A computational technique to measure fracture callus in radiographs

Biomechanics Laboratory, Legacy Research and Technology Center, Portland, OR 97232, USA.
Journal of Biomechanics (Impact Factor: 2.75). 11/2009; 43(4):792-5. DOI: 10.1016/j.jbiomech.2009.10.013
Source: PubMed


Callus formation occurs in the presence of secondary bone healing and has relevance to the fracture's mechanical environment. An objective image processing algorithm was developed to standardize the quantitative measurement of periosteal callus area in plain radiographs of long bone fractures. Algorithm accuracy and sensitivity were evaluated using surrogate models. For algorithm validation, callus formation on clinical radiographs was measured manually by orthopaedic surgeons and compared to non-clinicians using the algorithm. The algorithm measured the projected area of surrogate calluses with less than 5% error. However, error will increase when analyzing very small areas of callus and when using radiographs with low image resolution (i.e. 100 pixels per inch). The callus size extracted by the algorithm correlated well to the callus size outlined by the surgeons (R2=0.94, p<0.001). Furthermore, compared to clinician results, the algorithm yielded results with five times less inter-observer variance. This computational technique provides a reliable and efficient method to quantify secondary bone healing response.

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Available from: Steven M Madey, Oct 05, 2015
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    • "The accuracy of determining the callus area was better than 3% depending on the radiodensity of the callus tissue. A clinical validation of the algorithm was performed by comparing callus measurements made by the computer algorithm and by orthopaedic clinicians [11]. Overall, the clinicians and the automatic algorithm had a high positive correlation when analyzing areas of fracture callus (R 2 = 0.94, p < 0.001). "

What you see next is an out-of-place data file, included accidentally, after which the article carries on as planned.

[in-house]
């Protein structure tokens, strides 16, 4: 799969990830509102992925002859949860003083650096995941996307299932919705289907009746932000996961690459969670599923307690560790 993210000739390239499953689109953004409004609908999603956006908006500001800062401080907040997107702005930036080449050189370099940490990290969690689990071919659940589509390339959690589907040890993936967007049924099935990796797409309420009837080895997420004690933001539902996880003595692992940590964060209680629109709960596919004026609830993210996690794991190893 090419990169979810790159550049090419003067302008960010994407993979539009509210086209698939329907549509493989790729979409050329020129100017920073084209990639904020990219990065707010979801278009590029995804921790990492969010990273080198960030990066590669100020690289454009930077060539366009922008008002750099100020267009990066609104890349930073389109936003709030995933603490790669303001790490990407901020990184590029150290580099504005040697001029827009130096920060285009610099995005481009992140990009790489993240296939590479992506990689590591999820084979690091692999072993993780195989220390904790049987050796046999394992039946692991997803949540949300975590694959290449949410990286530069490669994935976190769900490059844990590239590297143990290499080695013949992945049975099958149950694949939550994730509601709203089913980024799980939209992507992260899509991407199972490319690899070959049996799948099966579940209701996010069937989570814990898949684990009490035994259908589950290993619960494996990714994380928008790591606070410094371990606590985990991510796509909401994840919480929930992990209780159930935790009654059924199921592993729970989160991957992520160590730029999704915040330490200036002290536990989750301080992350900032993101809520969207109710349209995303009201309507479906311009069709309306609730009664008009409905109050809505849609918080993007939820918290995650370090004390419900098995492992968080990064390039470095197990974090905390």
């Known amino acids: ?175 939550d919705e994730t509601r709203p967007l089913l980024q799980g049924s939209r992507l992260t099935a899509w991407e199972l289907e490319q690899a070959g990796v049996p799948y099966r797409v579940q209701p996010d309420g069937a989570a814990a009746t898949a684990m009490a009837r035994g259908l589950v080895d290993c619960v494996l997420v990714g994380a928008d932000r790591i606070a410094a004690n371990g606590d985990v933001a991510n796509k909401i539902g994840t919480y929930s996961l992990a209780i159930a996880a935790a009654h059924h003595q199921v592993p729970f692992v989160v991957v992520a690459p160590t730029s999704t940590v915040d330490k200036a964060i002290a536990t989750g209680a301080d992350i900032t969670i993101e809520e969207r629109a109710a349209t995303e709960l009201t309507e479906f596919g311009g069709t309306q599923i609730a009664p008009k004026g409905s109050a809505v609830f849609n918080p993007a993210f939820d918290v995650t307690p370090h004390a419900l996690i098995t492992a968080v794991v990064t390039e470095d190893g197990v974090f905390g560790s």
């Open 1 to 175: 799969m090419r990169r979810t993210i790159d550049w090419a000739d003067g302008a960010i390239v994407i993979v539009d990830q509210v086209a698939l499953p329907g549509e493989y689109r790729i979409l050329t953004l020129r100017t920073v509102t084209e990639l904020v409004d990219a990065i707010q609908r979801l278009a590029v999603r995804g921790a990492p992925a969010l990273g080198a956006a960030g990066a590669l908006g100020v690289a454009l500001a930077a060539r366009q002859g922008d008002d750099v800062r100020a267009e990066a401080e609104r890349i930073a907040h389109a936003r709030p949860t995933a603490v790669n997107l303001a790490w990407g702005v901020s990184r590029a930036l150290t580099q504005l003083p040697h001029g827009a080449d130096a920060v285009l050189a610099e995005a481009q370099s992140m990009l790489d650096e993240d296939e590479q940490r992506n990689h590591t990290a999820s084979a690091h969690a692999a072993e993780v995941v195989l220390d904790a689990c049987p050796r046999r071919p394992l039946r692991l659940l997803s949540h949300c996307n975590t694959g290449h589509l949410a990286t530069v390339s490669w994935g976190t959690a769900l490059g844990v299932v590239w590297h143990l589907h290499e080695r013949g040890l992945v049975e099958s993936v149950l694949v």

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    ABSTRACT: Locked bridge plating relies on secondary bone healing, which requires interfragmentary motion for callus formation. This study evaluated healing of fractures stabilized with a locked plating construct and a far cortical locking construct, which is a modified locked plating approach that promotes interfragmentary motion. The study tested whether far cortical locking constructs can improve fracture-healing compared with standard locked plating constructs. In an established ovine tibial osteotomy model with a 3-mm gap size, twelve osteotomies were randomly stabilized with locked plating or far cortical locking constructs applied medially. The far cortical locking constructs were designed to provide 84% lower stiffness than the locked plating constructs and permitted nearly parallel gap motion. Fracture-healing was monitored on weekly radiographs. After the animals were killed at week 9, healed tibiae were analyzed by computed tomography, mechanical testing in torsion, and histological examination. Callus on weekly radiographs was greater in the far cortical locking constructs than in the locked plating constructs. At week 9, the far cortical locking group had a 36% greater callus volume (p = 0.03) and a 44% higher bone mineral content (p = 0.013) than the locked plating group. Callus in the locked plating specimens was asymmetric, having 49% less bone mineral content in the medial callus than in the lateral callus (p = 0.003). In far cortical locking specimens, medial and lateral callus had similar bone mineral content (p = 0.91). The far cortical locking specimens healed to be 54% stronger in torsion (p = 0.023) and sustained 156% greater energy to failure in torsion (p < 0.001) than locked plating specimens. Histologically, three of six locked plating specimens had deficient bridging across the medial cortex, while all remaining cortices had bridged. Inconsistent and asymmetric callus formation with locked plating constructs is likely due to their high stiffness and asymmetric gap closure. By providing flexible fixation and nearly parallel interfragmentary motion, far cortical locking constructs form more callus and heal to be stronger in torsion than locked plating constructs.
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